I am also still confused over Gandalf's decision to attempt to confront Saruman and get him to turn away from his evil path. Was this not a huge threat to all who heard him, and to Gandalf himself? Why would he risk Theoden falling for Saruman's voice?:confused:
 

Kuduk

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Hi Daisy!

I hope you don't mind if I interject my thoughts on the questions brought up on your thread.

I'll start with the last ones first.

I am ..... confused over Gandalf's decision to attempt to confront Saruman and get him to turn away from his evil path. Was this not a huge threat to all who heard him, and to Gandalf himself? Why would he risk Theoden falling for Saruman's voice?
Daisy, I think you can find an answer in that same chapter of TTT. After the confrontation, Gandalf tells Pippin he will go tell Treebeard the outcome...

'He will have guessed, surely?' said Merry. 'Were they likely to end any other way?'
'Not likely,' answered Gandalf, 'though they came to the balance of a hair. But I had reasons for trying; some merciful and some less so. First Saruman was shown that the power of his voice was waning. He cannot be both tyrant and counsellor. When the plot is ripe it remains no longer secret. Yet he fell into the trap, and tried to deal with his victims piece-meal, while others listened. Then I gave him a last choice and a fair one: to renounce both Mordor and his private schemes, and make amends by helping us in our need. He knows our need, none better. Great service he could have rendered. But he has chosen to withhold it, and keep the power of Orthanc....
It seems Gandalf knew the serious risks he was taking, but for the reasons he gives above, he felt they were worthwhile.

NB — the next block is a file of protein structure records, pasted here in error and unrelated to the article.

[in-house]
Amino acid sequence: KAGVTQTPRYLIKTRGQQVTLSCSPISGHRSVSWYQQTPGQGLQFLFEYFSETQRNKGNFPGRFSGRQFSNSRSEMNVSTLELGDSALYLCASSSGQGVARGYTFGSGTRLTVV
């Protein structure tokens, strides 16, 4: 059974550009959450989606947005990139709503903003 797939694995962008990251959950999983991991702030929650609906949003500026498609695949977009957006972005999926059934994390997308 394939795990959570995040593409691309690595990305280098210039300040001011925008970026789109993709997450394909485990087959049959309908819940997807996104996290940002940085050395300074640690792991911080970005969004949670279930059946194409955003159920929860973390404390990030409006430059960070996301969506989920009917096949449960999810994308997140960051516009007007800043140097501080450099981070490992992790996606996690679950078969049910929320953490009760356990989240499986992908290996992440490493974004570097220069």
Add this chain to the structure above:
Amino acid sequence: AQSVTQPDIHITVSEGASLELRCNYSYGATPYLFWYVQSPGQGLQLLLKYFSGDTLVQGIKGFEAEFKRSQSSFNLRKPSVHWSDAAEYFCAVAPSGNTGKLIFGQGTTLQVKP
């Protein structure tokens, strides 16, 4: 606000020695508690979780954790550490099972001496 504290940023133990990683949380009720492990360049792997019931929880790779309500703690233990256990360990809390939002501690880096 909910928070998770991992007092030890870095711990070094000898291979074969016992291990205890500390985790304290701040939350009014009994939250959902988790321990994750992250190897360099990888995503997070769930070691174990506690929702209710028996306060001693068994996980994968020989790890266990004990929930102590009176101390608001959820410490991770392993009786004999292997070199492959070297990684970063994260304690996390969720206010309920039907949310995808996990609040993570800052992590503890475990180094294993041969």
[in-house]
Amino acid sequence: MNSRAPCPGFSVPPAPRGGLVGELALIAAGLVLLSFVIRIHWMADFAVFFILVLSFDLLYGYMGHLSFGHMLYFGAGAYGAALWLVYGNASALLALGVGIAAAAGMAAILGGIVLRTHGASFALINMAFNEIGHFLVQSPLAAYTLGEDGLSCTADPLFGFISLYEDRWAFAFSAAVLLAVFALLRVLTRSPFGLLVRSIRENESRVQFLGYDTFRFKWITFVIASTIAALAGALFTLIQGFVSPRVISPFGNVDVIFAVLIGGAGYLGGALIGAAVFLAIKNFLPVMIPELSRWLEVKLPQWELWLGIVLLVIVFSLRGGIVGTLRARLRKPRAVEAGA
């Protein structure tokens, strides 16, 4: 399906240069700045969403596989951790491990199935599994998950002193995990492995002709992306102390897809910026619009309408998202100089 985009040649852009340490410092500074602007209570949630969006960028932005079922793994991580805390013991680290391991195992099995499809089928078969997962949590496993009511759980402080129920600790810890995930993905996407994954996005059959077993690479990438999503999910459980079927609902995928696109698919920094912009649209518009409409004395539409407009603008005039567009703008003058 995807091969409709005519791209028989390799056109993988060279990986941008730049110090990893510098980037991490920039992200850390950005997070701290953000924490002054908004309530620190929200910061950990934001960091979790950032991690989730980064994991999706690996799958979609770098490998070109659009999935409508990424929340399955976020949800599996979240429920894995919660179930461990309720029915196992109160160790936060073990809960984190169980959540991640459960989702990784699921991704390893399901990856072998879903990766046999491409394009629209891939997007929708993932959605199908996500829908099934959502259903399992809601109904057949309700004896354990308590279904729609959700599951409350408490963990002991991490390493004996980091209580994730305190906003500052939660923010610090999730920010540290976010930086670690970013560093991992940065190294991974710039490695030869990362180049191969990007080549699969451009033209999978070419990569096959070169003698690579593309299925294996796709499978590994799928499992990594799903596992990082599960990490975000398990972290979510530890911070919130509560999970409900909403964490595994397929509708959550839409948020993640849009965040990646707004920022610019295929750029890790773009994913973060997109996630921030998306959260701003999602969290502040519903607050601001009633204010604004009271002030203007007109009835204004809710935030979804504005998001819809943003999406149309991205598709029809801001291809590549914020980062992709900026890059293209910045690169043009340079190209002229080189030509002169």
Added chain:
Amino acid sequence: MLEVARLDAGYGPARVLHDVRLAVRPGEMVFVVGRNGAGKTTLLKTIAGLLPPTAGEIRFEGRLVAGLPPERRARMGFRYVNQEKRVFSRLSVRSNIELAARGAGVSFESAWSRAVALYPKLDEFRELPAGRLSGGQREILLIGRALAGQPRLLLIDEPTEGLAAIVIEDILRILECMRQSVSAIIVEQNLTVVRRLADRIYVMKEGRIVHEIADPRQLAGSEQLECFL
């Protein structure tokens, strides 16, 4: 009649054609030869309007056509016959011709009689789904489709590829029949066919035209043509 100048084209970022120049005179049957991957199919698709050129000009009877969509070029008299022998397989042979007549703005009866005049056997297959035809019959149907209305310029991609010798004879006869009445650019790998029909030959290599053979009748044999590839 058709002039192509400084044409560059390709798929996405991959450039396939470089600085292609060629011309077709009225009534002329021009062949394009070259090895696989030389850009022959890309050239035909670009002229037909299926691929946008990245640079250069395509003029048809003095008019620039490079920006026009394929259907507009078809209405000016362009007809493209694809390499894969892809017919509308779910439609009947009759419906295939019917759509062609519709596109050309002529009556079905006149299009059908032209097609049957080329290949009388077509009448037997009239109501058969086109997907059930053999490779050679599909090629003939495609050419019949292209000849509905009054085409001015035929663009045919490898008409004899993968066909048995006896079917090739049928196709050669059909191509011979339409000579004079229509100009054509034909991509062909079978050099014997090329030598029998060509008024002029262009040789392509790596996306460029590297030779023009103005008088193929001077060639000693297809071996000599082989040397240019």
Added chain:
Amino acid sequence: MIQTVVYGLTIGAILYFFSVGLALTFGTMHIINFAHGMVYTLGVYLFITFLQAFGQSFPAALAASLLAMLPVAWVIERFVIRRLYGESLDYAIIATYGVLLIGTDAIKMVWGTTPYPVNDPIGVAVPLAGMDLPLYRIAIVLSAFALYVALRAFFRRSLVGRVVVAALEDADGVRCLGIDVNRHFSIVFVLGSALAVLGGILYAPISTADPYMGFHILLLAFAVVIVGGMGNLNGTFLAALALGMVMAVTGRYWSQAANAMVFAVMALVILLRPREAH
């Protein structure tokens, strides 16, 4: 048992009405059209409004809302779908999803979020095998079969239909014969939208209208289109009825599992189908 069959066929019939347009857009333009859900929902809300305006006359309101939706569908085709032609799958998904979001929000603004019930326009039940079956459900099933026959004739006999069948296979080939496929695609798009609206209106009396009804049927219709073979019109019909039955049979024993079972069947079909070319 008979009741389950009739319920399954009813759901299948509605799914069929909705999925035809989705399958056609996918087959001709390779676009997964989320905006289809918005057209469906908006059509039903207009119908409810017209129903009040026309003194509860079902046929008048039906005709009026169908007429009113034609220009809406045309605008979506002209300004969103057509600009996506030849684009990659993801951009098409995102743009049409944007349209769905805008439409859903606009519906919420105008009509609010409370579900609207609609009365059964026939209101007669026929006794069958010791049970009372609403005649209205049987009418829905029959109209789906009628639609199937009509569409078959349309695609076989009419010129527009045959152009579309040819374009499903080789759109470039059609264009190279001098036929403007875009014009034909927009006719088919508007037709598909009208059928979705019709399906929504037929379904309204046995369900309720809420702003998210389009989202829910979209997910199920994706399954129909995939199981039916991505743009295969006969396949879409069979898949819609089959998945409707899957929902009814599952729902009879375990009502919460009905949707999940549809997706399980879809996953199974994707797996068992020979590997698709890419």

Next question:
I also found Tolkein's technique of 'after the fact narration' to be an interesting choice for such crucial, intense passages such as Gandalf and the balrog and a lot of the ent/hobbit stuff. Any ideas or thoughts as to why he would choose this device, instead of narrating direct action??
For what it's worth, Daisy, here's my opinion. I feel that Tolkien wanted to keep the overall narrative timeline of what was already turning into a long and complex story relatively linear. His 'after the fact' device allows him to explain at length great parts of the story without breaking away from the basic timeline. In fact, he uses this device throughout the LotR - from introducing the history of the Ring in FotR to explaining what happened to Aragorn, Gimli, and Legolas at Pelargir in RotK. JRRT only breaks from the direct narrative's timeline to go back in time in only a few places and only after the Fellowship has broken up. Usually he doesn't go back too far from whatever point the narrative thread has already reached (e.g. the chapters at the beginning of TTT where we hear separately the stories of Aragorn, Gimli, Legolas' story and then Pippin & Merry's). He only does significant breaks between books. For example, the second half of TTT is devoted to Frodo and Sam's story and picks up pretty much where FotR left off. Even then, JRRT seems to be pretty careful how he does this and how far he goes. The latter part of Frodo & Sam's story in TTT includes a time period during which events occurring to the other Fellowship members are not recounted until the first book of the RotK. Then once we get to RotK, the latter of half of the first book of RotK takes place at the same time as Frodo & Sam's journey through Mordor to Mt. Doom which is only recounted in the last book of RotK. This careful see-sawing of the narrative would indicate to me the importance of the narrative thread to Tolkien and his desire to keep it relatively straightforward.